Carbon dioxide (CO2) is an essential element of photosynthesis required for growth and food production in plants.
Photosynthesis is a process by which CO2 and water are absorbed by plants and then converted in the leaves into sugars, cellulose and starch under the influence of light energy. More photosynthesis means more growth although there are optimal CO2 levels for all plants, as shown in the table below:
Table 1: Optimum concentrations of CO2 for a sample of greenhouse plants
|Product||kg CO2 / m2 / year||Target level (ppm)||Reference|
|Capsicums||10-15||Up to 1000|||
|Lettuce||Approx 1000||, |
|Kohlrabi||Up to 1000|||
|Geraniums||600-800||Test report from Osnabrück University of Applied Sciences|
| Soyez K., Baier D., Fieback K., Koller M., Matthäi M., Reinhold J., Sommerfeldt H. Verfahren zur Kopplung von Kompostierung und Gewächshausproduktion [Procedure for Connecting Composting and Greenhouse Production] Bioplan study, University of Potsdam, 1996 (http://www.gts-oekotech.de/docs/kurzbericht_carboferm.pdf)|
| CryoGas International, CO2 — The Good Greenhouse Gas Article, May 2007|
| Prof. Dr.-Ing. L. Köhler and Dipl. Ing. (FH) F. Lecker Wirkung von CO2 und NOx auf Gewächshauspflanzen [Effect of CO2 and NOx onGreenhouse Plants] Report, Inst. for Horticultural Technology at Weihenstephan University of Applied Sciences in Freising 1997|
Significant increases in plant growth and yield can be obtained in greenhouse-grown plants by increasing the concentration of CO2 from 400 ppm to the optimum level for that commodity.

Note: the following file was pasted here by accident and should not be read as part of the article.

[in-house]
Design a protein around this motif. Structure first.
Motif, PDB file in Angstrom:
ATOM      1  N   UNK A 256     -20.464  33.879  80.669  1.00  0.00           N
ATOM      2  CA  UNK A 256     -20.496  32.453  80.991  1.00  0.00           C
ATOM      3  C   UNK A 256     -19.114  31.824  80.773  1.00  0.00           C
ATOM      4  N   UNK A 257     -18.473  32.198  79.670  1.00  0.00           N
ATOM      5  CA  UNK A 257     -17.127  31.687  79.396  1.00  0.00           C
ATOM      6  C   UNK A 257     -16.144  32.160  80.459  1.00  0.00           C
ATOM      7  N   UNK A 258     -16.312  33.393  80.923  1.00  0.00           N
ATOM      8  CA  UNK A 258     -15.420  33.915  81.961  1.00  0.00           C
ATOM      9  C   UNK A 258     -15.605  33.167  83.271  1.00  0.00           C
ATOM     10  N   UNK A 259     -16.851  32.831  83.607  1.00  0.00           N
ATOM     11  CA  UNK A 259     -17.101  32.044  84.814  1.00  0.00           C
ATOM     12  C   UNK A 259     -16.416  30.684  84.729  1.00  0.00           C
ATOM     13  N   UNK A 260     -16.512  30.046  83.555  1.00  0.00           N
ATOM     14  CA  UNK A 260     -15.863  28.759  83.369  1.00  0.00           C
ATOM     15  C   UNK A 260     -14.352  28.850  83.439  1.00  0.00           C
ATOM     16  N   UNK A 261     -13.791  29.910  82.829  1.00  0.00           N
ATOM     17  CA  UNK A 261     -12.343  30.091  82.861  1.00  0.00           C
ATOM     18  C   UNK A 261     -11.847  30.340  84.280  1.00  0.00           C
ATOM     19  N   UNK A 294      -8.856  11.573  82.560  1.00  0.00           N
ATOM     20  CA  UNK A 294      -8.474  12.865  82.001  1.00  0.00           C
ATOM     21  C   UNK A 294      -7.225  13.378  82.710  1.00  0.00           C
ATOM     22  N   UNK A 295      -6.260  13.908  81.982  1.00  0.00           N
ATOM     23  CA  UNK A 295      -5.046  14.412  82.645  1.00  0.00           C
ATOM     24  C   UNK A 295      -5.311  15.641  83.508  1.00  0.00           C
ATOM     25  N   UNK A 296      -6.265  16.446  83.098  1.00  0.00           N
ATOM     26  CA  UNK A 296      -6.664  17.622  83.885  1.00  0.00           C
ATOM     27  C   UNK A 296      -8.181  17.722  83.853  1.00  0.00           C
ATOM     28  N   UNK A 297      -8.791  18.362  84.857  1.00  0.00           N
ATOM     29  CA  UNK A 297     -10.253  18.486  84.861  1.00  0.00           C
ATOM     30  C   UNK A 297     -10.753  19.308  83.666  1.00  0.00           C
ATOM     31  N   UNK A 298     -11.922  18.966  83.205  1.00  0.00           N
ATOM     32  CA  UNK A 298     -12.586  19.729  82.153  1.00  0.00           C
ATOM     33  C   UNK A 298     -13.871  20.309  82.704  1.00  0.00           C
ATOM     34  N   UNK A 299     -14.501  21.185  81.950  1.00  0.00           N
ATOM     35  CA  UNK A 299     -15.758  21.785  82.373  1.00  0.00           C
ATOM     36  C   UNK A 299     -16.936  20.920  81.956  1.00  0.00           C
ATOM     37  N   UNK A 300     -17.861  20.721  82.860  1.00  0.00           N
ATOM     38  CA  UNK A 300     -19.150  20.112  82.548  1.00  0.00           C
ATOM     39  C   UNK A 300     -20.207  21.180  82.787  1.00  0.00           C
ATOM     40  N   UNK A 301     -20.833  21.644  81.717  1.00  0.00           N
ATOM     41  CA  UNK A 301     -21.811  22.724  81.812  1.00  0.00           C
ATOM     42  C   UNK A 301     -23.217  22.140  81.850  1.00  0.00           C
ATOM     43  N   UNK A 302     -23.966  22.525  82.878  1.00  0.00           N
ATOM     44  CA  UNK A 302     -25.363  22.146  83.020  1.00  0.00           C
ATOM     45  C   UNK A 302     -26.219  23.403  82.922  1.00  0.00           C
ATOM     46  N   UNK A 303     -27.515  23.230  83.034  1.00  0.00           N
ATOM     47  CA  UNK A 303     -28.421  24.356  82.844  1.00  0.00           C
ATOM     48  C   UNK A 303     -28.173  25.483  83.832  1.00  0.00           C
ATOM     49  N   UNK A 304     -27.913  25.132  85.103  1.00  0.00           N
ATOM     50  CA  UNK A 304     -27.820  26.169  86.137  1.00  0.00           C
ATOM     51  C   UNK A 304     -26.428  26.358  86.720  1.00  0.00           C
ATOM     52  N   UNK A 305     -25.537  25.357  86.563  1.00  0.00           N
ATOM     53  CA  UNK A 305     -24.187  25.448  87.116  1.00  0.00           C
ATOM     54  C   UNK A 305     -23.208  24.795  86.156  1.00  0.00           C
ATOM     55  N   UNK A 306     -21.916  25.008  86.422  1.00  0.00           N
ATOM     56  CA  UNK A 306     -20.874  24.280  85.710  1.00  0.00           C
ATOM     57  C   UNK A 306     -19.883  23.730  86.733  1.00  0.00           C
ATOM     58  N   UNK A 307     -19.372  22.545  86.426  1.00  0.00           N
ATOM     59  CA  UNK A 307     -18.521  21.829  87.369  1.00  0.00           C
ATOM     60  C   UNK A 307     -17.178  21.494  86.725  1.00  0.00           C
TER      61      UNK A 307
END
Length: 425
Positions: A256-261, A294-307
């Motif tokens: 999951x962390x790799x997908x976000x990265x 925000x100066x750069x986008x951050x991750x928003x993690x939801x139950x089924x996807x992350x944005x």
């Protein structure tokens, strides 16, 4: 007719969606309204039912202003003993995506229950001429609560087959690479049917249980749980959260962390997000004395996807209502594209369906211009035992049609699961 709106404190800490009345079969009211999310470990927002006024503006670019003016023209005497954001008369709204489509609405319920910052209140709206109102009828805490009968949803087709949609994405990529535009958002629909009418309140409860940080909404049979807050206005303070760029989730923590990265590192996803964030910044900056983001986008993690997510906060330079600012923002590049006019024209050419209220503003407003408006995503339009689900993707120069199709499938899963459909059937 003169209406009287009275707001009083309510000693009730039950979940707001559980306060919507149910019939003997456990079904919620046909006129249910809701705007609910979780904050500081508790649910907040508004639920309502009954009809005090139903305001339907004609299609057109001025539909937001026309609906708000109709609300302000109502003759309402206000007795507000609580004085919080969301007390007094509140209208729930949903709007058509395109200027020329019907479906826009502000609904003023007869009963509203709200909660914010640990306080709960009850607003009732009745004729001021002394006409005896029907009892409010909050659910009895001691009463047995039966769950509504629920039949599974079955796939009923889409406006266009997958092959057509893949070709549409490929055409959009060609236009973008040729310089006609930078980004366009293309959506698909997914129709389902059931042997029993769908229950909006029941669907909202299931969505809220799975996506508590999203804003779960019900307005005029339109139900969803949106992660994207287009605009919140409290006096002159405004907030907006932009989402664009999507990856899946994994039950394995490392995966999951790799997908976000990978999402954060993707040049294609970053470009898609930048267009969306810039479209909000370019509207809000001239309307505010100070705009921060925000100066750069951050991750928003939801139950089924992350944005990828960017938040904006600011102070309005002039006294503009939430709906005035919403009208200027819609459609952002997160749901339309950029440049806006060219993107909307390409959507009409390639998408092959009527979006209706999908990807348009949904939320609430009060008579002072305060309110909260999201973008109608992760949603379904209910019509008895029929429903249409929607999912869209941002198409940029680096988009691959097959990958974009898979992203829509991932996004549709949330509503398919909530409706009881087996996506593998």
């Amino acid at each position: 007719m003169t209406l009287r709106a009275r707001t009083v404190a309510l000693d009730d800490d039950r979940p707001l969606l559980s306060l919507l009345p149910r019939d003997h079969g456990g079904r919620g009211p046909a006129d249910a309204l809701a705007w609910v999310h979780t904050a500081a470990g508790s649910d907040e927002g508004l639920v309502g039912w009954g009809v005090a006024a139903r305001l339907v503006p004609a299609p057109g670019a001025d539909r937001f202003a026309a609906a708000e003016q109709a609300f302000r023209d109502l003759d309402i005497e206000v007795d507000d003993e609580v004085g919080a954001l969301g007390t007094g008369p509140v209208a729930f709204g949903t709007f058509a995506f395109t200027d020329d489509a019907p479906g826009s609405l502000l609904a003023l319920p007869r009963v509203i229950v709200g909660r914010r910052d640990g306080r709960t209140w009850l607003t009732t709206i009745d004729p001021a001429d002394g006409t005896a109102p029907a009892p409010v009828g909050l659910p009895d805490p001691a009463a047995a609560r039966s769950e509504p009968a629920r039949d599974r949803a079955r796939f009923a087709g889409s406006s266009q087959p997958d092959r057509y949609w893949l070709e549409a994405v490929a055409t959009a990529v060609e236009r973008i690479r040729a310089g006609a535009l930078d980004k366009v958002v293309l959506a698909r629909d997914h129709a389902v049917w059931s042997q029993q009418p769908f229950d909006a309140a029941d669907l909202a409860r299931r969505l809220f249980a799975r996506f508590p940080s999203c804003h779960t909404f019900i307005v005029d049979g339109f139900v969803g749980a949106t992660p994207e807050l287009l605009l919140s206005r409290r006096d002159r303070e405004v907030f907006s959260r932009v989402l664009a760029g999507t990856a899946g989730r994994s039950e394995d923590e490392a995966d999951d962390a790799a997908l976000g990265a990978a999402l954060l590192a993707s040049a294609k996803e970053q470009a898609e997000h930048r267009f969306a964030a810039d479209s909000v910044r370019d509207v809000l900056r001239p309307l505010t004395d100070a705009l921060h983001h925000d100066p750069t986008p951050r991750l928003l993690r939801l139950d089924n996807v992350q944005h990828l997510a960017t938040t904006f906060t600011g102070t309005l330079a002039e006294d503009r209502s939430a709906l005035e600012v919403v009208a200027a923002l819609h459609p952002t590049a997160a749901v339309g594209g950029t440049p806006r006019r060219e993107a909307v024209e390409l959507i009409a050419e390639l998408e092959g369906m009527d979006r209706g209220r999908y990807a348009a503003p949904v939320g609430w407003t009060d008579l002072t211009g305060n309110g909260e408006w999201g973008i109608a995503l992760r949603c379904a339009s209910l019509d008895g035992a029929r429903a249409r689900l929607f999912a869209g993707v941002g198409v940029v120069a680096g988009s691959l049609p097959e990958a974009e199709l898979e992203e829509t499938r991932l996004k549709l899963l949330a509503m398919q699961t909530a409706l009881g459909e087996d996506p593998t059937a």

The following rule of thumb for improved plant growth and yield is applied when calculating the increase of CO2 levels:
From 250 to 350 ppm: 23% more growth
From 350 to 450 ppm: 12% more growth
From 600 to 700 ppm: 4% more growth
From 1000 to 1100 ppm: 1.5% more growth
There are a number of ways of increasing the levels of CO2 in a greenhouse. Linde supply options for CO2 offer a purity above most onsite generation - meaning you are not introducing toxic flue gas - while our application systems ensure consistent application, optimising the addition of CO2. In a closed environment like a greenhouse, this level could fall to about 120-180 ppm (due to the plants consuming CO2) with the result that photosynthesis would no longer take place and the plants would stop growing.
A Worked Example
Let us assume that the air in the greenhouse contains a CO2 level of 400 ppm; that equates to 0.72 g/m3. At an average greenhouse height of 6 m, that amounts to 4.32 g of CO2 per square metre. Now, to increase production, we want to increase the level of CO2 to 1000 ppm. This would equal 1.8 g/m3, or 10.8g/m2 with our average greenhouse height of 6 m. We therefore need to add around 6.5 g per square metre.
CO2 also escapes from the greenhouse, e.g. through ventilation, leaks, and of course also through the plants and crops. This means that an additional 2.3 g of CO2 needs to be added per square metre per hour. In this example, the total CO2 to be added would amount to 88 kg per hour for an entire hectare.
1Linde internal report: Application Report CO2 in Greenhouses
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